RIA advisors looking to add low-correlated assets at low cost to client portfolios could do well to consider three no-load alternative mutual funds from AQR, or Applied Quantitative Research, an investment management firm based in Greenwich that manages $30 billion in assets. Although many funds have launched recently in the alternative space, very few have delivered the risk-adjusted returns that AQR's Diversified Arb Fund has, and none have been managed by award-winning hedge fund managers like AQR’s Risk Parity Fund. AQR also offers a Managed Futures Strategy Fund, that’s worth a look.

Founded in 1998 by Goldman Sachs alums, AQR has long catered to the institutional market, but it is lately making more of a push to court financial advisors—particularly RIAs. The firm hired new staff members this year to bring their advisor solutions group team up to 10 and it plans to continue hiring as the client base expands. The firm’s alternative funds were launched in 2009 and 2010, but more new funds are likely to follow.

AQR is courting advisors with educational offers as well, including its annual “AQR University” program. This year’s program, for 150 advisors, takes place in Silicon Valley on June 27th, featuring keynote speaker Condoleezza Rice, whose foreign policy commentary will provide the “lightest” speech of the day, sandwiched as it is between talks on “Understanding Multi-Strategy Alternatives” and “Does Risk Parity offer Better Beta?” AQR also offers white papers and quarterly conference calls and makes portfolio managers available to current and prospective clients.

The firm’s products are complicated beasts—part enhanced index fund, part quantitative strategy, and part multi-alternative asset investment vehicles. While understanding and explaining these products to clients may seem daunting, their unique approach makes it well worth the advisor’s time to do so. AQR acknowledges the Efficient Market Hypothesis in its approach and attempts to exceed relevant benchmarks with diversification, rigorous risk management, insights derived from voluminous academic research, and cutting edge trading technology.

A Closer Look

The AQR diversified Arbitrage Fund is a multi strategy event driven portfolio, similar to event driven hedge funds and has delivered extremely favorable risk adjusted return since inception. The fund engages in merger arb, convertible arbitrage, dual class arbitrage, and other arb strategies like short duration credit and closed end fund arbitrage. The fund builds both on insights from academics like Harvard professors, hiring Professor Mark Mitchell and a raft of others from elite research universities, as well as investment professionals, to exploit multiple and uncorrelated sources of return.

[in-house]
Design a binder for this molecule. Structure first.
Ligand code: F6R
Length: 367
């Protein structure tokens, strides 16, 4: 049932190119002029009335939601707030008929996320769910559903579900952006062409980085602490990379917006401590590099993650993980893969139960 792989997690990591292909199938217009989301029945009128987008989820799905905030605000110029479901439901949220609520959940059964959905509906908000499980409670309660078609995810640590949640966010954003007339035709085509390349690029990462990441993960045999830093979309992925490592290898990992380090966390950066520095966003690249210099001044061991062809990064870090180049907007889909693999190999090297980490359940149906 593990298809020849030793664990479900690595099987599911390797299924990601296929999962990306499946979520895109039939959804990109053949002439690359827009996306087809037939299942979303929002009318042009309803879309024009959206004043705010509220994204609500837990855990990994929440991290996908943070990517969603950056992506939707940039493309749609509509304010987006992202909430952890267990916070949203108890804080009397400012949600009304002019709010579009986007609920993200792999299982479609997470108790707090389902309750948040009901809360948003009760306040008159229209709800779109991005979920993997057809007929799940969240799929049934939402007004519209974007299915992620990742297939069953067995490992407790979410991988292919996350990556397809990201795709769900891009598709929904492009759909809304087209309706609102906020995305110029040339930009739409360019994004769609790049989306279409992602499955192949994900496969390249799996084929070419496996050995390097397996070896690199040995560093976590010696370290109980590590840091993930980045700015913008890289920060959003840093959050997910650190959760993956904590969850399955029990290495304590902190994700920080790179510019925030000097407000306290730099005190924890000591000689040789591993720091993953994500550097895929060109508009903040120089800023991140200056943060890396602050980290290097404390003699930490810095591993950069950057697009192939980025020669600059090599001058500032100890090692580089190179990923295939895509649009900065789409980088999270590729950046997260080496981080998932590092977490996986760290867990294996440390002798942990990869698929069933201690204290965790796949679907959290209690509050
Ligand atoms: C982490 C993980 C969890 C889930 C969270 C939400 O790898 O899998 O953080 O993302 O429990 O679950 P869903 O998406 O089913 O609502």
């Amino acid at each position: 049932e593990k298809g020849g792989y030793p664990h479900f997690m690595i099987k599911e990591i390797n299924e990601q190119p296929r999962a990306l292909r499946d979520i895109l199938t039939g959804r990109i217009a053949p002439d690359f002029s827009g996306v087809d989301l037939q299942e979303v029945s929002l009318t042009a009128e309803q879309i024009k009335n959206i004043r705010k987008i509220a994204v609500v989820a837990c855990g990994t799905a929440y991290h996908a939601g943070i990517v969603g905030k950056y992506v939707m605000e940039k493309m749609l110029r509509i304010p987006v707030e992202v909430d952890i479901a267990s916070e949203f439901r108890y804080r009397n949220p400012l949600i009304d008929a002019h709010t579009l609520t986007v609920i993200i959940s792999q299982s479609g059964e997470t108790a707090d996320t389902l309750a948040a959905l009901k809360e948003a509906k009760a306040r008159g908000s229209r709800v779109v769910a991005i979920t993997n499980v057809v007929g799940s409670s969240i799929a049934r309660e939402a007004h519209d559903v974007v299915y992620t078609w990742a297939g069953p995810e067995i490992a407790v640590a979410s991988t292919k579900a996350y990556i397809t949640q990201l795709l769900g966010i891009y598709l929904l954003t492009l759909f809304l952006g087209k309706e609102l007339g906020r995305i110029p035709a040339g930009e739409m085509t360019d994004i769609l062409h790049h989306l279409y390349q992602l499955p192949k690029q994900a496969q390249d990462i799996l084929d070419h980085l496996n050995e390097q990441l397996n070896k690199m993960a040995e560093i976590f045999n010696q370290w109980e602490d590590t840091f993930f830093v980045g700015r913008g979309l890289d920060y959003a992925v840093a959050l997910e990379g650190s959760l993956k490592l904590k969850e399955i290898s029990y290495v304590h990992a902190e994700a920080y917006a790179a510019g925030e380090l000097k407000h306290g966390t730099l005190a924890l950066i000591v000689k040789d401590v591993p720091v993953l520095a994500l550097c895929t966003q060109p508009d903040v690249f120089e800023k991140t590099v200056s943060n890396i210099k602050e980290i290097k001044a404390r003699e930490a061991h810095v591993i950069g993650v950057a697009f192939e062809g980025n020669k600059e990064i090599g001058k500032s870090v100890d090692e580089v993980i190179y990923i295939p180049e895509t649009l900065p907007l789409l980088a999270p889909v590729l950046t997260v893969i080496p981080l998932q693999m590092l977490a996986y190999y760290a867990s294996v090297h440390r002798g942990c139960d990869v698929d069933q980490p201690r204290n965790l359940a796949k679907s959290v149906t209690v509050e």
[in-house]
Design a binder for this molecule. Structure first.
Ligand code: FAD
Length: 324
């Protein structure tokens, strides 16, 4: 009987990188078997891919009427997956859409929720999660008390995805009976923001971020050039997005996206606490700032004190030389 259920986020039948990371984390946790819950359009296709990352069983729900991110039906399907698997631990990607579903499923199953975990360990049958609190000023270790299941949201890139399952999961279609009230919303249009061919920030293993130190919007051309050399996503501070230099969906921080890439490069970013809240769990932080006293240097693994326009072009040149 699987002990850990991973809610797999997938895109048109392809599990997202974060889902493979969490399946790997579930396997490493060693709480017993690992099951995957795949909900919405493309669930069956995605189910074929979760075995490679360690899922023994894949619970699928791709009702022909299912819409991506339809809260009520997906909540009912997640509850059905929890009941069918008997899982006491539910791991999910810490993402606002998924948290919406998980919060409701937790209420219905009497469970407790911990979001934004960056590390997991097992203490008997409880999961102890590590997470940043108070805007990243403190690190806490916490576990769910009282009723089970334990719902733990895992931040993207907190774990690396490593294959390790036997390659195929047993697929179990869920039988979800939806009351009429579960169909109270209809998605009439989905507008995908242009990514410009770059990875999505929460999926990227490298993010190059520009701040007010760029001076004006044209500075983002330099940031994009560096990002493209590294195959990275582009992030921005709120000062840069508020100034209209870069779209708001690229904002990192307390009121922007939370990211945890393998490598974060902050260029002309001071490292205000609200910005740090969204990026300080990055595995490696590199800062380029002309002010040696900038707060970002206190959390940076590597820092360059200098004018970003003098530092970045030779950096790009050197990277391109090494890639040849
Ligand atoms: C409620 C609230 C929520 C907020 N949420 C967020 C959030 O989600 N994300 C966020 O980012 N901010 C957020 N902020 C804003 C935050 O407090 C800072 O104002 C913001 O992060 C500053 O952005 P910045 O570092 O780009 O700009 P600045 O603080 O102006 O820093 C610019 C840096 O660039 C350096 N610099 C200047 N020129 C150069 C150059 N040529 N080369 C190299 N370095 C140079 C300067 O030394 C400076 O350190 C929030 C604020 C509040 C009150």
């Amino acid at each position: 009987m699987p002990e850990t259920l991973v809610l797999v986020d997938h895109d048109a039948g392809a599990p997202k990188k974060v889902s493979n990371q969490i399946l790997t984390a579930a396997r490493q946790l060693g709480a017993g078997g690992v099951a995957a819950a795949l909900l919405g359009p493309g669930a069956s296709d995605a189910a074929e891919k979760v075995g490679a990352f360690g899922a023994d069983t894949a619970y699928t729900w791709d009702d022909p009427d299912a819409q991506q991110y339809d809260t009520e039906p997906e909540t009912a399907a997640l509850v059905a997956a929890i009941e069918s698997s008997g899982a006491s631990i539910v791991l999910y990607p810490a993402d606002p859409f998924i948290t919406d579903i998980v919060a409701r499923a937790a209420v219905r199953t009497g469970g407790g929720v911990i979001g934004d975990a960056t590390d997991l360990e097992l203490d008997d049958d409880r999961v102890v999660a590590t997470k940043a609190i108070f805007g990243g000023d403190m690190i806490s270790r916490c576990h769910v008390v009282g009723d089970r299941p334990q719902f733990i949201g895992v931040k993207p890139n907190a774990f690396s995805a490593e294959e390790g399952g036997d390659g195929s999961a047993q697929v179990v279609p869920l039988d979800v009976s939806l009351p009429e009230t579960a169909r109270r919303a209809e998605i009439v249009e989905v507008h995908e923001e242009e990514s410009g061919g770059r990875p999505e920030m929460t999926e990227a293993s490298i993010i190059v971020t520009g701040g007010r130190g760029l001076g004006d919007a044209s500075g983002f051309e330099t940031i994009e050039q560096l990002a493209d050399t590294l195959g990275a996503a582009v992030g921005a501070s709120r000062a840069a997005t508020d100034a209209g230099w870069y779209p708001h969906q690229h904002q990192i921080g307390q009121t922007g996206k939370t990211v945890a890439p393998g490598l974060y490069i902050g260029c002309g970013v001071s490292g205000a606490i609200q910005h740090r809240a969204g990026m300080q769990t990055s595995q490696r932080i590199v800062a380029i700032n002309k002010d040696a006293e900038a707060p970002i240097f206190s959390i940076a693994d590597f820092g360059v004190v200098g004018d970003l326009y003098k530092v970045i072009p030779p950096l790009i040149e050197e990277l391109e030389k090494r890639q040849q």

“We have been doing arbitrage for 11 years, building on the research of Dr. Mark Mitchell, who built a database of every deal since 1963”, says David Kabiller, a co-founder and Principal at AQR. “When you demystify merger arb, it is an insurance business. In any insurance game, you win by diversifying and managing risk. We use quantitative insights to estimate downside risk and control exposure. The dual class share strategy is largely mean reversion, while the credit arbitrage exploits anomalies within the credit market,” says Kabiller. He notes that short dated, higher risk corporate paper is usually underpriced, due to a phenomena called ‘market segmentation:’ there are no natural buyers for this paper, since high yield funds seek longer dated exposures and buyers of short term debt like money market funds cannot hold low rated debt.


The fund utilizes leverage but largely as a function of long and short positions—its long exposure was 115.2 percent at quarter end, while short exposure was 76.9 percent. This hedged portfolio has low correlation to market indices and impressive risk-adjusted performance. “The Diversified Arb fund targets 4 percent annual volatility and has delivered a 2.5 Sharpe ratio since inception, far outpacing the S&P 500’s 0.3 Sharpe ratio over the same time,” notes Kabiller. And this return stream will diversify equity and debt portfolios. “The fund has had a -0.01 beta to the S&P 500 and a -0.08 percent correlation to the index, giving investors returns and diversification benefits,” says Daniel Schwartz, an associate in AQR’s Advisor Solution Group.